© Reuters. FILE PHOTO: United Auto Workers cheer on their union colleagues as they walk off their jobs at the Ford Michigan assembly plant in Wayne, Michigan, U.S., September 14, 2023. REUTERS/Eric Cox/File Photo/File Photo

By Abhijith Ganapavaram and Nathan Gomes

(Reuters) – The U.S. auto workers’ strike hit shares of Ford Motor (NYSE:), General Motors (NYSE:) and their suppliers on Friday amid fears that industrial action at factories that make some of the most profitable vehicles that could affect profits.

The strikes will halt production at three factories owned by the “Detroit Three” automakers, which make the Ford Bronco, Jeep Wrangler and Chevrolet Colorado pickup truck, among other popular models.

Ford and General Motors fell 1% in early trading before reversing course, while U.S.-listed shares of Stellantis (NYSE:) rose 0.5%, as hourly workers represented by the United Auto Workers union (UAW ), began their most ambitious US labor protest in decades.

The escalation came as talks between the UAW and the Detroit Three have yet to result in an agreement, although executives said the talks had made some progress.

Analysts said any deal could be costly and hamper automakers’ investments in electric vehicles.

The UAW chose to lay off workers at some plants rather than all to give its hardline President Shawn Fain some leverage in talks in the next few days while limiting union costs in the form of strike pay, which comes from an $825 million -Dollar funds are paid.

About 3,600 UAW members work at the General Motors assembly plant in Wentzville, Missouri, which produces vehicles such as the Chevrolet Colorado, GMC Canyon and Savanna.

“If everything else remains constant (including the potential for other segments to make up for lost production volume), a Wentzville strike through September would negatively impact our third quarter and fourth quarter GM EBIT by approximately 13%,” said Citi analyst Itay Michaeli wrote in a note.

For Ford, the Michigan plant that makes the Ford Ranger and Bronco models, Michaeli said, “We estimate the monthly impact of the strike in Michigan to be approximately 15,000 units, or approximately $140 million in EBIT (all else being equal).”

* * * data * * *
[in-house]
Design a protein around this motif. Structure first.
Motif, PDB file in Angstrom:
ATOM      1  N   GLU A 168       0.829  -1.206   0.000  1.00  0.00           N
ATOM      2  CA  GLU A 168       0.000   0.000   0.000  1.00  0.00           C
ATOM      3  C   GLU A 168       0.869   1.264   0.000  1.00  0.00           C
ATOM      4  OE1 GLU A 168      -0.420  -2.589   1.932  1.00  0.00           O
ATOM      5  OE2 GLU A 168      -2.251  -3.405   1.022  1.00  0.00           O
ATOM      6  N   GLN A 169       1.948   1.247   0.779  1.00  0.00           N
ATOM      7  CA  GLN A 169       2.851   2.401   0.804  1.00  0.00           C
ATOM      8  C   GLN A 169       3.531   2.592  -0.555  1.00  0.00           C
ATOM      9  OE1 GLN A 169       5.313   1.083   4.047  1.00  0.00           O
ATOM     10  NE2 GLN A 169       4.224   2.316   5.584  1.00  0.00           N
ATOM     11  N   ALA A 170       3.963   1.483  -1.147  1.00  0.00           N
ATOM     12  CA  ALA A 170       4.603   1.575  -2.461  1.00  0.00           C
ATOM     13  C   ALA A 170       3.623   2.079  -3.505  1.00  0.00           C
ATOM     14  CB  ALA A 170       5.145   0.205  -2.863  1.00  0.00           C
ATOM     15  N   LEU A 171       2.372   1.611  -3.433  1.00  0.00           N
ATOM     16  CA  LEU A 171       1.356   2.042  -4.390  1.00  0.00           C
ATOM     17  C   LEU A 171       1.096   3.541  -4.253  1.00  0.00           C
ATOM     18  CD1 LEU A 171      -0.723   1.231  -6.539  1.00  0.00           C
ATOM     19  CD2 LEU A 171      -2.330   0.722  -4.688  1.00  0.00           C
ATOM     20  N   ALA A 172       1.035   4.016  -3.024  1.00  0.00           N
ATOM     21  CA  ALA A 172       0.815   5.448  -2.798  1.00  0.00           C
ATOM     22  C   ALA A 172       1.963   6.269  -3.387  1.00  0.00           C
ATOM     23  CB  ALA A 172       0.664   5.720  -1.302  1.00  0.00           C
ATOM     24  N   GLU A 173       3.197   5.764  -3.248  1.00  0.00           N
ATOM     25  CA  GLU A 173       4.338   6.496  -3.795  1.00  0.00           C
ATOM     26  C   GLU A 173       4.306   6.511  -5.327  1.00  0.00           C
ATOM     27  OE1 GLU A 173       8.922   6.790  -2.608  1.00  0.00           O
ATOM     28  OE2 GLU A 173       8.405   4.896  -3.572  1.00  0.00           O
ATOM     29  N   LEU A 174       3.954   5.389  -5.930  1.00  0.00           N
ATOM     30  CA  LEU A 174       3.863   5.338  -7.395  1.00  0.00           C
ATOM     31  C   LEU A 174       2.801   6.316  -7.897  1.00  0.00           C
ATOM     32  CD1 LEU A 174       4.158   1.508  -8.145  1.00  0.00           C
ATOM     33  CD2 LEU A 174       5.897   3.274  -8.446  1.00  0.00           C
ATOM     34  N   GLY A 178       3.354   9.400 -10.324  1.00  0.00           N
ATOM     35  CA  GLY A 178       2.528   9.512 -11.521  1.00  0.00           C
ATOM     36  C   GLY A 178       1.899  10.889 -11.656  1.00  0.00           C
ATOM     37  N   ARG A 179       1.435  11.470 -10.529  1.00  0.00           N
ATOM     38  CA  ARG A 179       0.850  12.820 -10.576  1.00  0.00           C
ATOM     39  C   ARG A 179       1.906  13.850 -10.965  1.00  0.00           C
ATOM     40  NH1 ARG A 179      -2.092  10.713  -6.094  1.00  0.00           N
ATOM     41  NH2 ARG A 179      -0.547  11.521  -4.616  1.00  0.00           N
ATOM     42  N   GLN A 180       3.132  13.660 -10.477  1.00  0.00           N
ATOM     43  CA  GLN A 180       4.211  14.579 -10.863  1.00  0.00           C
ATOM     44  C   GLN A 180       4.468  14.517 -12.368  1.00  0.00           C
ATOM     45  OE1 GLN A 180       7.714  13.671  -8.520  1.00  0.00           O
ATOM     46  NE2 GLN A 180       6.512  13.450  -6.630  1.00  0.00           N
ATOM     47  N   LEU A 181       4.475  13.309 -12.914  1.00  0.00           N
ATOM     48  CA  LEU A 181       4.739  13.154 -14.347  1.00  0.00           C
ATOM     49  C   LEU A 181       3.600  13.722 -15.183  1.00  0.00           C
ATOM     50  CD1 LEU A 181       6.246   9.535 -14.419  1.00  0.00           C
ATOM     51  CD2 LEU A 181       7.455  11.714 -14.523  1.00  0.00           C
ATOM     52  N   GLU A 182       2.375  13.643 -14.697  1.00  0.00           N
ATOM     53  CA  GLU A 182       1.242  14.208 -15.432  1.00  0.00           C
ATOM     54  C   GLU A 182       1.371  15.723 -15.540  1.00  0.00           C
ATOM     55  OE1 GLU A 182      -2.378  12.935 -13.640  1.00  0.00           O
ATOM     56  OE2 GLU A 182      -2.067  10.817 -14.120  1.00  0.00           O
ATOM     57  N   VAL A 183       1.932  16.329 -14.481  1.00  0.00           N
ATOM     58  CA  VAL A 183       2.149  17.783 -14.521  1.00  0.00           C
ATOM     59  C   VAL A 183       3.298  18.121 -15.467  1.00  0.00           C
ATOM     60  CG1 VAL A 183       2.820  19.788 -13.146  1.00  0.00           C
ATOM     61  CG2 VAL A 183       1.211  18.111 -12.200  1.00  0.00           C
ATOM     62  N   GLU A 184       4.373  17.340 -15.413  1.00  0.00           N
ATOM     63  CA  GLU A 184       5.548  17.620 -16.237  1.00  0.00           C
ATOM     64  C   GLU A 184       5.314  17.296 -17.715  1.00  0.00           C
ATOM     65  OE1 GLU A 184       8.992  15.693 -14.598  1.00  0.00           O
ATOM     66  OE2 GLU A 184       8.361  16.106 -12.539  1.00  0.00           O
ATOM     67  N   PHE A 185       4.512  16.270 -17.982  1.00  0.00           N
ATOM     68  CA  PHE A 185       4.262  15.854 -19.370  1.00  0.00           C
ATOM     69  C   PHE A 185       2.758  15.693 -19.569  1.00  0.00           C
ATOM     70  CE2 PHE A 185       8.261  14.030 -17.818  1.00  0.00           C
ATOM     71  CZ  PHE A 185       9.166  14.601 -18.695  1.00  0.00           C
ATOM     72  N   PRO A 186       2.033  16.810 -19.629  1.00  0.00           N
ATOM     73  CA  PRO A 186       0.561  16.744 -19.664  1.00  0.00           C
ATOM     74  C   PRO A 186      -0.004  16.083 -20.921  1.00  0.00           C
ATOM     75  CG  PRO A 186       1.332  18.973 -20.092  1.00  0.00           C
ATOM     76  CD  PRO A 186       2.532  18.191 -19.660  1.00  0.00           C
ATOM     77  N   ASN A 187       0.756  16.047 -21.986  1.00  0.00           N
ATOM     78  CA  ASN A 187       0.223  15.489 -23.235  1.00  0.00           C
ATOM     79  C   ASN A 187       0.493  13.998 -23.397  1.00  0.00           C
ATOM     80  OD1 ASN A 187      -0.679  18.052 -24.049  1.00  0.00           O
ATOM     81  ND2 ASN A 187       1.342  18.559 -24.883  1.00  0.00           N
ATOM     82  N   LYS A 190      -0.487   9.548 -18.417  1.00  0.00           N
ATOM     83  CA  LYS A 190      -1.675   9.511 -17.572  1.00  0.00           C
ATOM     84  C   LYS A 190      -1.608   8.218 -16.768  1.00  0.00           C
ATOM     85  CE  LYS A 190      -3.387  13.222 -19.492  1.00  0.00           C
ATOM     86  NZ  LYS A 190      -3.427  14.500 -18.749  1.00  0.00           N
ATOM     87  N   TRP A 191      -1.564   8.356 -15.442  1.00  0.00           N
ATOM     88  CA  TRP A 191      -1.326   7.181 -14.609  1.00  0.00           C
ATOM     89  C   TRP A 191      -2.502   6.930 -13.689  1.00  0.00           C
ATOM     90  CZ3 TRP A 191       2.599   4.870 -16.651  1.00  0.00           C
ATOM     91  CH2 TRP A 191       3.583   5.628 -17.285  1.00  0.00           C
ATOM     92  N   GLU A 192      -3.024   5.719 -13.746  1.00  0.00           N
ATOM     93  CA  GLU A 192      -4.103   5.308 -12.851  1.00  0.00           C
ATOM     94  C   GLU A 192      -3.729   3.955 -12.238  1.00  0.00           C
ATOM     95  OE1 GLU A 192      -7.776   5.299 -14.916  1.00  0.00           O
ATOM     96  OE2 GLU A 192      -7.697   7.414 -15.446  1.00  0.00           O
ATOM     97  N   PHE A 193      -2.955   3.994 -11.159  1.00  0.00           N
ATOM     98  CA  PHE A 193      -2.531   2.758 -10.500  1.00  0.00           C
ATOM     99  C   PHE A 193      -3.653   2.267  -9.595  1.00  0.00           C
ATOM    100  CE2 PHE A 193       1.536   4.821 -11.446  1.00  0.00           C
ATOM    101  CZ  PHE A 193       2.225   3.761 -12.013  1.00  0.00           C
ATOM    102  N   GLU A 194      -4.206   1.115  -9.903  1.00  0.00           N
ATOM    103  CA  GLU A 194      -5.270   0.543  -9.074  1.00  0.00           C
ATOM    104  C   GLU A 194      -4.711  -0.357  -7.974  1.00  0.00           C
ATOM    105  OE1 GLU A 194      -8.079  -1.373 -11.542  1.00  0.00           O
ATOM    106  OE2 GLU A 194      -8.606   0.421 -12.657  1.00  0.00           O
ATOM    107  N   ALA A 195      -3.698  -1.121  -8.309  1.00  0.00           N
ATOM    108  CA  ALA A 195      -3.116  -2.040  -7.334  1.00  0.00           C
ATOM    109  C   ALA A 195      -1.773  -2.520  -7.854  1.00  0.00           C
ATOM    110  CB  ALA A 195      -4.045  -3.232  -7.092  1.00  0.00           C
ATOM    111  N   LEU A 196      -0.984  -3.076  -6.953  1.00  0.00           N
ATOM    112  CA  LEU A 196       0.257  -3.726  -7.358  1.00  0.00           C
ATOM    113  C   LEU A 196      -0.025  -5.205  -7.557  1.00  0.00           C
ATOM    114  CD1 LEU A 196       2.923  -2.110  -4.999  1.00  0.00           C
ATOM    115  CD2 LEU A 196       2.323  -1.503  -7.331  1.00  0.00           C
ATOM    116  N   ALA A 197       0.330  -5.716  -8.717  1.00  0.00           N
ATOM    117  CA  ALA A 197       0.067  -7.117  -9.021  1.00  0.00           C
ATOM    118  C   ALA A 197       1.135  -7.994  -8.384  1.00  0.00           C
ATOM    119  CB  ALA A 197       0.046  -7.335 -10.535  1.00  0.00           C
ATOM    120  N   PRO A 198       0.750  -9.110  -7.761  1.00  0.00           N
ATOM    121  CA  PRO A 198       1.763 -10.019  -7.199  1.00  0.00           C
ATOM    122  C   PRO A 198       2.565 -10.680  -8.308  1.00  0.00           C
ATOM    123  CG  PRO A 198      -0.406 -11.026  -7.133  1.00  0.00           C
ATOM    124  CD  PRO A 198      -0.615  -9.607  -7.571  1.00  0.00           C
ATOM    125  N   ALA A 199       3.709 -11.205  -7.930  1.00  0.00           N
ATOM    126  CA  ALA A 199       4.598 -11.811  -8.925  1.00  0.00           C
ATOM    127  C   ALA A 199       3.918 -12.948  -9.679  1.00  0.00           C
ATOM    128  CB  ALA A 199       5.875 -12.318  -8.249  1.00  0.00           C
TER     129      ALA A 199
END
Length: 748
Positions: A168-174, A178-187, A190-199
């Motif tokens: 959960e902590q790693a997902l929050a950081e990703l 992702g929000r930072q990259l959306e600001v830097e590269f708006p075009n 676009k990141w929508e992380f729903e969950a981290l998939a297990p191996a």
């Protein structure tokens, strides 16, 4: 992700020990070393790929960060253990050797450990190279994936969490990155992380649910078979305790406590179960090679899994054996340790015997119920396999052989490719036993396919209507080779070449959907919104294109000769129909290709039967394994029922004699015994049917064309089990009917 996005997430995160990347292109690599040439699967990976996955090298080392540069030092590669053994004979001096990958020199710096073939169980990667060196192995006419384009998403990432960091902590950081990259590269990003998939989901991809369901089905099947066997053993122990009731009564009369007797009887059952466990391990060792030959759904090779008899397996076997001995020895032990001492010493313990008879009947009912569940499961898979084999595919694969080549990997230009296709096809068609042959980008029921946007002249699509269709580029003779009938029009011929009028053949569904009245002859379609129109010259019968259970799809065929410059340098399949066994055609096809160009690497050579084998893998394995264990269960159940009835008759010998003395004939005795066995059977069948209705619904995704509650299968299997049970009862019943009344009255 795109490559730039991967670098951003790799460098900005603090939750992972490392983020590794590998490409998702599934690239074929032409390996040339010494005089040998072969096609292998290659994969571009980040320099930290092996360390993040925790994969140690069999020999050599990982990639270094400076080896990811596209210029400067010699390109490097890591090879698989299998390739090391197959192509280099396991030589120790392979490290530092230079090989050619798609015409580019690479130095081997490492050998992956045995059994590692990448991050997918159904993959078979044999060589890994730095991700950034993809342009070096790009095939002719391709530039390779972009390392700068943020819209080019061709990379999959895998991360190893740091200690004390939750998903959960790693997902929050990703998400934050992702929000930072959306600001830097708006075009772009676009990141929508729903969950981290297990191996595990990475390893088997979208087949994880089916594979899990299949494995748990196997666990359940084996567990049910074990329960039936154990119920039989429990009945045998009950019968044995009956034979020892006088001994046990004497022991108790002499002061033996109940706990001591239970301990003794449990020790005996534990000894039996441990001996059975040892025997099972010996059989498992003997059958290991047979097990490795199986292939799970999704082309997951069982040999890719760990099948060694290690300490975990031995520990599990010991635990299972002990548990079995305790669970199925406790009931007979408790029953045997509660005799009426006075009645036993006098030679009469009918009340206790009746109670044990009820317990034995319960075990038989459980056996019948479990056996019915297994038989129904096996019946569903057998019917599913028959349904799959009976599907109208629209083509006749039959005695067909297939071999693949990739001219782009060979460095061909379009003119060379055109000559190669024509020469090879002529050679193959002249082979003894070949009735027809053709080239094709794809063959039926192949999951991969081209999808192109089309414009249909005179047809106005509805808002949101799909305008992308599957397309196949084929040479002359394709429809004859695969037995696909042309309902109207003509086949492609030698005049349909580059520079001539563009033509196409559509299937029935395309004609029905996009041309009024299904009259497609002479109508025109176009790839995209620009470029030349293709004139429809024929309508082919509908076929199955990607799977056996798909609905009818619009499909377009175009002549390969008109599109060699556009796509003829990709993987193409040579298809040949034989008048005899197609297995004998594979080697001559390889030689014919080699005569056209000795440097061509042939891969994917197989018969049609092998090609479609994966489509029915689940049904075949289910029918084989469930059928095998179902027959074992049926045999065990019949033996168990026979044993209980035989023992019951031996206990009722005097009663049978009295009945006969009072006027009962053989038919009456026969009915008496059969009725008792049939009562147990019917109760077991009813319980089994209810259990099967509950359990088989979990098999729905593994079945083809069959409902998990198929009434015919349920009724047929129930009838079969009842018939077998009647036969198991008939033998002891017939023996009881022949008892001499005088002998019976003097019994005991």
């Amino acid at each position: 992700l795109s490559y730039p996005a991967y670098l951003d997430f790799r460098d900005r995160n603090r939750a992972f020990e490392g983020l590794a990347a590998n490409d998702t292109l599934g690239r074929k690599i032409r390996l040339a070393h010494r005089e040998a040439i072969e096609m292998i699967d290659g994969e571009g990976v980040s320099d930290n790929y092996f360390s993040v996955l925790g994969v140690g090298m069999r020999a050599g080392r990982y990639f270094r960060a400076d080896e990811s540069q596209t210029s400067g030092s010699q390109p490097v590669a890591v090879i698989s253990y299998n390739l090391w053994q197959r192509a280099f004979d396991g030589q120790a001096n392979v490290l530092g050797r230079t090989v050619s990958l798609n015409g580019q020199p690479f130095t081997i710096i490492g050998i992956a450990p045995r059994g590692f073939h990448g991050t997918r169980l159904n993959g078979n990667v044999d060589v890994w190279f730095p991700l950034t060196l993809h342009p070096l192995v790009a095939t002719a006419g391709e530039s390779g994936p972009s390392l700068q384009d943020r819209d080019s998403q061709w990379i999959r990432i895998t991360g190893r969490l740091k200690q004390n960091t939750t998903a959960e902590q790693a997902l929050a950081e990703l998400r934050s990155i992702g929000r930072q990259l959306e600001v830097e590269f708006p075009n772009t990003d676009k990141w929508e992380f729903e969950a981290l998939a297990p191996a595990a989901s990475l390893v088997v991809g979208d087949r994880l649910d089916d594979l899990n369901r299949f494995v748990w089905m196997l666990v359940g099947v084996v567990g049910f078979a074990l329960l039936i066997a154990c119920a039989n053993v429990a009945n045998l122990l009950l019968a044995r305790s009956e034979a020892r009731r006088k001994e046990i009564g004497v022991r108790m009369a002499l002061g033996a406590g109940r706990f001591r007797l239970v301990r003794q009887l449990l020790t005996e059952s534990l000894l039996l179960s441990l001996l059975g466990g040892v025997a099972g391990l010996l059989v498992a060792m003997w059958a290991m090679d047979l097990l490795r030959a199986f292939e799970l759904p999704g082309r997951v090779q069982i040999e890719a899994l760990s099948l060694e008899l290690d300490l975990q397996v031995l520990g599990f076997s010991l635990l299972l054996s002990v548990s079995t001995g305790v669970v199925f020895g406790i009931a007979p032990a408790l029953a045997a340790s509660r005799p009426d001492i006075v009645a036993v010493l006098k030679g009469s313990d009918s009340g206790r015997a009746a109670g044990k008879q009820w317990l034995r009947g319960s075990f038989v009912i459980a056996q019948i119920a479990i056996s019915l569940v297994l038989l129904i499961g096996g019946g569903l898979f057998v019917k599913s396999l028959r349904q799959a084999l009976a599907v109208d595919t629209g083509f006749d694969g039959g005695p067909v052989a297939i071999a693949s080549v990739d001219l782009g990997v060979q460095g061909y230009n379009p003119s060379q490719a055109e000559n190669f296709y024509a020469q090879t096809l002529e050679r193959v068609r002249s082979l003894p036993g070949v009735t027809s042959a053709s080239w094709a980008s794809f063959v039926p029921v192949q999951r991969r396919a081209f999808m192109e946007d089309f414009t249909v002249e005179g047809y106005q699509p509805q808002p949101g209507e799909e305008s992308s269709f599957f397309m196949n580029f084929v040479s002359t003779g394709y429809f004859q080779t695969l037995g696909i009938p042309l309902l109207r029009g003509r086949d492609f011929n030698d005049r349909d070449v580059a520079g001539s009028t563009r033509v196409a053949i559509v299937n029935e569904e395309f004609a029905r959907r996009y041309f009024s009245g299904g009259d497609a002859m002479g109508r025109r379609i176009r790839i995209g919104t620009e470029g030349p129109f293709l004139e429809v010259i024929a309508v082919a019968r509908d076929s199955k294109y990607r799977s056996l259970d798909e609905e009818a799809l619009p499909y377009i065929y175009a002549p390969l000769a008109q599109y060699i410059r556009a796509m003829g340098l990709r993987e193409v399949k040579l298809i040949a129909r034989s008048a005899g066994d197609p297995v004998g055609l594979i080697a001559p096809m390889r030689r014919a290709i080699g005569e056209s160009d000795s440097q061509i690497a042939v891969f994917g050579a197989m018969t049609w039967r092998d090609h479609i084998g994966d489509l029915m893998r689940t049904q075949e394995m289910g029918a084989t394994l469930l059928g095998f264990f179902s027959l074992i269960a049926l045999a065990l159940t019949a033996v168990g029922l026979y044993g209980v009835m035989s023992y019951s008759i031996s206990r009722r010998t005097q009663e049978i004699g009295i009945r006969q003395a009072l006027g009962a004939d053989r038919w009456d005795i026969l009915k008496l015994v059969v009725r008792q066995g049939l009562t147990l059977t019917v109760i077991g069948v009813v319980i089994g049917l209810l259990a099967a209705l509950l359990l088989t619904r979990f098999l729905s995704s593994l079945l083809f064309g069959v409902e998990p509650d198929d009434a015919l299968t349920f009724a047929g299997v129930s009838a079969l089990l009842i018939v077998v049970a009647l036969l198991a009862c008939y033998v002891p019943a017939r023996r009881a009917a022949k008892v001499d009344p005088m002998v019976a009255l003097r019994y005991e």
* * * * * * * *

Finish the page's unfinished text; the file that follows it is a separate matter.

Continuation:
The targeted strike could also cause “maximum pain” to automakers given the profitability of SUVs and pickup trucks, Evercore ISI said. But they can increase production to make up for lost sales if the stalemate is short-lived.

The standoff has also become a political issue as President Joe Biden, who faces re-election next year, calls for a deal.

The union has not endorsed Biden’s re-election. His administration is investing billions in federal grants to expand electric vehicle sales, but electric vehicles require fewer jobs.

Some analysts see Stellantis in a better position to deal with the strikes because it is “the most profitable company” among the Big Three.

“It could benefit from a lower break-even point as well as higher inventory days than GM and Ford,” said Monica Bosio, analyst at Intesa Sanpaolo (OTC:).

Since contract negotiations began in mid-July, U.S.-listed shares of Stellantis have risen about 2%, while shares of Ford and GM have each fallen about 17%.

Meanwhile, shares of auto suppliers that supply one or all of the Detroit Three automakers also fell. American Axle (NYSE:) & Manufacturing, Dana Inc and Adient (NYSE:) each fell about 1% before recouping losses.

Supplier Magna International (NYSE:) said on Friday it was monitoring the situation and was prepared to temporarily cut production if necessary.

Source : www.investing.com

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